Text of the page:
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Kuwait hangs five, including 2015 mosque bombing convict

By AFP - Jul 27,2023 - Last updated at Jul 27,2023

KUWAIT CITY — Kuwait put to death five people on Thursday, including a man convicted of involvement in a 2015 Daesh suicide bombing that killed 26 people, the Public Prosecution said.

The multiple executions in the Gulf emirate — relatively rare compared to neighbouring Saudi Arabia — are the first since seven people were put to death in November last year ending a five-year moratorium.

In a statement, the Public Prosecution said it oversaw the "implementation of the death sentence in Kuwait's Central Prison" against five people, most of them convicted of murder.

They included Abdulrahman Sabah Saud — the main convict in the 2015 bombing that struck a Shiite mosque in the capital during Friday prayers. It was the bloodiest attack in Kuwait's history.

Saud, a stateless Arab, was convicted of driving the bomber to the mosque and bringing the explosives belt he used from near the Saudi border.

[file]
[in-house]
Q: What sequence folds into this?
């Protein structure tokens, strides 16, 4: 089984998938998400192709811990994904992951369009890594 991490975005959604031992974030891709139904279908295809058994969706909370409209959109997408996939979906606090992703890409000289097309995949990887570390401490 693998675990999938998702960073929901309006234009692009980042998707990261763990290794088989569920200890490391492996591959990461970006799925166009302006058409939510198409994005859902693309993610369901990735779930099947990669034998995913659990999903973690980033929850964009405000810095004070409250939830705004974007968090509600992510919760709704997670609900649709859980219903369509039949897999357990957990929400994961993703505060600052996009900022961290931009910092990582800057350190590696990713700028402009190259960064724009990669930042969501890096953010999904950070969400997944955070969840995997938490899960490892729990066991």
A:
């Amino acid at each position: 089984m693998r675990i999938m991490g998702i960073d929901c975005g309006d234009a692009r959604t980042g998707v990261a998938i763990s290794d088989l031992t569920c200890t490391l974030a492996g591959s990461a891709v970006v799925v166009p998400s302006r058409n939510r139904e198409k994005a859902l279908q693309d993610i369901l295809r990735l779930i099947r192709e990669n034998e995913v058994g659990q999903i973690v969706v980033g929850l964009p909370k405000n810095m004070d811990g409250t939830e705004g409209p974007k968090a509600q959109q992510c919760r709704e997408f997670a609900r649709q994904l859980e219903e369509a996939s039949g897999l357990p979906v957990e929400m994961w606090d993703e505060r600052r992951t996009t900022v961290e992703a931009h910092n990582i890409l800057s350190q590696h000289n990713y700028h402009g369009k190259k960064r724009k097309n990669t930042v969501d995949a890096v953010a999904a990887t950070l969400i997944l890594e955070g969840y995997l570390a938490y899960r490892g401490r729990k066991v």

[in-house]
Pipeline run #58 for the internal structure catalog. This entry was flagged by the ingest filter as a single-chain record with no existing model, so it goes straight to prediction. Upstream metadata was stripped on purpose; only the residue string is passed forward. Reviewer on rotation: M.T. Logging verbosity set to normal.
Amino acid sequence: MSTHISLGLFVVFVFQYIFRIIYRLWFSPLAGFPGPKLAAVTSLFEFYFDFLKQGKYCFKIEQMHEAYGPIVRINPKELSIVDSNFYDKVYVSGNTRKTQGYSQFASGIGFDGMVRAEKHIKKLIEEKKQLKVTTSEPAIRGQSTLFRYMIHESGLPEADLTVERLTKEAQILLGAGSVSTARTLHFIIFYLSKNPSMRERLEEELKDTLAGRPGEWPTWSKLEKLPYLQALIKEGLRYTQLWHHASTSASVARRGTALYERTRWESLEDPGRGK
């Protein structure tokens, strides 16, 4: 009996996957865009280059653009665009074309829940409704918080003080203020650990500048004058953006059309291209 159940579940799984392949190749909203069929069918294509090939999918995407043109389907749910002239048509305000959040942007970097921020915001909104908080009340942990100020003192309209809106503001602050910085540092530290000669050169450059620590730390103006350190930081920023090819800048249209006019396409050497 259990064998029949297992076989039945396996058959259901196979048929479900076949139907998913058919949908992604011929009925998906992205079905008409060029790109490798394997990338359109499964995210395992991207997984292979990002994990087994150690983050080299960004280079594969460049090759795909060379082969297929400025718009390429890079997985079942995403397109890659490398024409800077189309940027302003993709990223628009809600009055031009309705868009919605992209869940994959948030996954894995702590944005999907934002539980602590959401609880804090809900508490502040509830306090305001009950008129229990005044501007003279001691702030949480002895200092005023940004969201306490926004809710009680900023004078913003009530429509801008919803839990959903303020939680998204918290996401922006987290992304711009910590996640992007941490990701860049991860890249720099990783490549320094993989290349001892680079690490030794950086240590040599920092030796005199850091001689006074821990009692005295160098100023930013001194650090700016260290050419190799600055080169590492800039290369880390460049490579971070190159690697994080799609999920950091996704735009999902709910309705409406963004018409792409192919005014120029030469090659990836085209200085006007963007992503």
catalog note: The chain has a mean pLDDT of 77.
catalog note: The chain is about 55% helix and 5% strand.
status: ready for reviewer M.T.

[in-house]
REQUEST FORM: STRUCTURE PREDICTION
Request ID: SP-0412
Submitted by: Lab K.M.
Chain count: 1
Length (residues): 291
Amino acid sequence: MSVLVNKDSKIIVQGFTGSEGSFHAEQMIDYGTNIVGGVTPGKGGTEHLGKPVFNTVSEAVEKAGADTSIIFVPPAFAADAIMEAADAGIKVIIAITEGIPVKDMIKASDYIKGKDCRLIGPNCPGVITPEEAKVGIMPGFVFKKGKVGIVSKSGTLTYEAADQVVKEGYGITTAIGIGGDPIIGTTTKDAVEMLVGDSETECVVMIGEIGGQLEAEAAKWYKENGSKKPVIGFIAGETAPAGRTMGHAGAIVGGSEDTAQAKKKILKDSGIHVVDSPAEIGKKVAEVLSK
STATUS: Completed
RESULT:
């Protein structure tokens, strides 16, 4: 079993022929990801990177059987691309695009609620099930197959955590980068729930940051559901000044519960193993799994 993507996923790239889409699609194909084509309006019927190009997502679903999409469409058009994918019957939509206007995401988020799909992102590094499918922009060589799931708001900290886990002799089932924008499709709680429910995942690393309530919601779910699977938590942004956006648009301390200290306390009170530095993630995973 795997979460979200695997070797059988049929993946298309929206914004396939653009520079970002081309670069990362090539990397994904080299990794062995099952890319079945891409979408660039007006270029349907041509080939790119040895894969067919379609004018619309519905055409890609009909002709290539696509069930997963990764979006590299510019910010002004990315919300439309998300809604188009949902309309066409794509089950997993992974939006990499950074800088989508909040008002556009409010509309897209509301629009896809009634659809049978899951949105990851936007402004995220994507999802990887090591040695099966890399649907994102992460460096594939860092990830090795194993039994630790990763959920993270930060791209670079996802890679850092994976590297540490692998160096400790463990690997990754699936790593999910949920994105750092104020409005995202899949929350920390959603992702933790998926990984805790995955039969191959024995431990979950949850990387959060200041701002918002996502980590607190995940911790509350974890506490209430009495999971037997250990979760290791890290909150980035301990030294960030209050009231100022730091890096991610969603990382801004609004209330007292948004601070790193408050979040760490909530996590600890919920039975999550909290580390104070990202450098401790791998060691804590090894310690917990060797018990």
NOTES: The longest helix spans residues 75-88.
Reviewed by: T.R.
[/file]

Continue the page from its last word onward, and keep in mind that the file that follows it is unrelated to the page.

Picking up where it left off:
At his initial trial, Saud pleaded guilty to most charges but, in the appeals and supreme courts, he denied them all.

The other men executed on Thursday included a Kuwaiti, an Egyptian and a member of Kuwait's stateless Bidoon minority, all of whom had been convicted of murder.

A Sri Lankan was put to death on drug charges.

The Public Prosecution said all five were executed by hanging.

Amnesty International said the move was “another example of the disturbing rise in use of the death penalty” in Kuwait.

“When it is used against non-violent offenders such as the Sri Lankan killed today, it is incompatible with international law,” Amnesty’s Kuwait researcher, Devin Kenney, told AFP.

Kuwait had initially charged 29 defendants, including seven women, with helping the Saudi mosque bomber.

In 2016, it upheld jail terms of between two and 15 years for eight people, including four women, and acquitted more than a dozen others.

Those convicted include alleged Daesh leader in Kuwait, Fahad Farraj Muhareb, whose death sentence was commuted to 15 years in prison.

Although Kuwait has executed dozens of people since it introduced the death penalty in the mid-1960s, the punishment is relatively rare.

Most of those condemned have been convicted of murder or drug trafficking.

In April 2013, Kuwaiti authorities hanged three men convicted of murder. Two months later, two Egyptians, convicted of kidnap and murder, were executed.

In 2017, the emirate carried out a mass execution of seven prisoners, including a ruling family member.

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